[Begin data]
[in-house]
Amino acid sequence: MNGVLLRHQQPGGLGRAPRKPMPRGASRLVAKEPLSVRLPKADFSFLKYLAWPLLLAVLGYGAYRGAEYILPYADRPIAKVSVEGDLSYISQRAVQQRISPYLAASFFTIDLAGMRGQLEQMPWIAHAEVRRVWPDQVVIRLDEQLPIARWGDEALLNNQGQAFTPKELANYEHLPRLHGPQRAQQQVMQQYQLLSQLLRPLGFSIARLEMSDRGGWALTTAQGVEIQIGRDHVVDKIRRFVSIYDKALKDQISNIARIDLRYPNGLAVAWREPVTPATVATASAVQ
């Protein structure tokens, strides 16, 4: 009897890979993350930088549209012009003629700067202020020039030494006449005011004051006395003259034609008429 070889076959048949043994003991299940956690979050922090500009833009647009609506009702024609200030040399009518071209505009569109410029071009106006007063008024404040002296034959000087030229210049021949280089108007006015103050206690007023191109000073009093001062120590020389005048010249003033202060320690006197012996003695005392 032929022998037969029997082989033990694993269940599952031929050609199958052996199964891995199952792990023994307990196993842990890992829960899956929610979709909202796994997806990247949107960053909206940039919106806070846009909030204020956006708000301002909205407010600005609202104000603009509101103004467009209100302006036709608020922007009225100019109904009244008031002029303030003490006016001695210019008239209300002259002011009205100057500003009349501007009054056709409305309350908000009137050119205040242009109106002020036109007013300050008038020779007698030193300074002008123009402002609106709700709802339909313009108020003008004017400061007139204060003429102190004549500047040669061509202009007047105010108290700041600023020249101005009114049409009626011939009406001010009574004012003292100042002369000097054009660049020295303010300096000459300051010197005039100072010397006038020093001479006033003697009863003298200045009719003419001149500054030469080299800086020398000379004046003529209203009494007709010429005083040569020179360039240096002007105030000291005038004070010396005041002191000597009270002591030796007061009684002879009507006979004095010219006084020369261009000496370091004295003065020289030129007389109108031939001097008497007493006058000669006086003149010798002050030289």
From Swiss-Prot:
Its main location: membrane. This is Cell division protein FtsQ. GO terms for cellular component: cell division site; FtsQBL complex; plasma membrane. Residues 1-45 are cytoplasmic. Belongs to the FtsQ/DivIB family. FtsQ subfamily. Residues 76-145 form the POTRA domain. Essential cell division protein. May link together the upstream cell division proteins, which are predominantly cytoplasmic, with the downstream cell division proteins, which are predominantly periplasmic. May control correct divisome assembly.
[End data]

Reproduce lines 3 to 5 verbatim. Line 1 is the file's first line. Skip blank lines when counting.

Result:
């Protein structure tokens, strides 16, 4: 009897890979993350930088549209012009003629700067202020020039030494006449005011004051006395003259034609008429 070889076959048949043994003991299940956690979050922090500009833009647009609506009702024609200030040399009518071209505009569109410029071009106006007063008024404040002296034959000087030229210049021949280089108007006015103050206690007023191109000073009093001062120590020389005048010249003033202060320690006197012996003695005392 032929022998037969029997082989033990694993269940599952031929050609199958052996199964891995199952792990023994307990196993842990890992829960899956929610979709909202796994997806990247949107960053909206940039919106806070846009909030204020956006708000301002909205407010600005609202104000603009509101103004467009209100302006036709608020922007009225100019109904009244008031002029303030003490006016001695210019008239209300002259002011009205100057500003009349501007009054056709409305309350908000009137050119205040242009109106002020036109007013300050008038020779007698030193300074002008123009402002609106709700709802339909313009108020003008004017400061007139204060003429102190004549500047040669061509202009007047105010108290700041600023020249101005009114049409009626011939009406001010009574004012003292100042002369000097054009660049020295303010300096000459300051010197005039100072010397006038020093001479006033003697009863003298200045009719003419001149500054030469080299800086020398000379004046003529209203009494007709010429005083040569020179360039240096002007105030000291005038004070010396005041002191000597009270002591030796007061009684002879009507006979004095010219006084020369261009000496370091004295003065020289030129007389109108031939001097008497007493006058000669006086003149010798002050030289």
From Swiss-Prot:
Its main location: membrane. This is Cell division protein FtsQ. GO terms for cellular component: cell division site; FtsQBL complex; plasma membrane. Residues 1-45 are cytoplasmic. Belongs to the FtsQ/DivIB family. FtsQ subfamily. Residues 76-145 form the POTRA domain. Essential cell division protein. May link together the upstream cell division proteins, which are predominantly cytoplasmic, with the downstream cell division proteins, which are predominantly periplasmic. May control correct divisome assembly.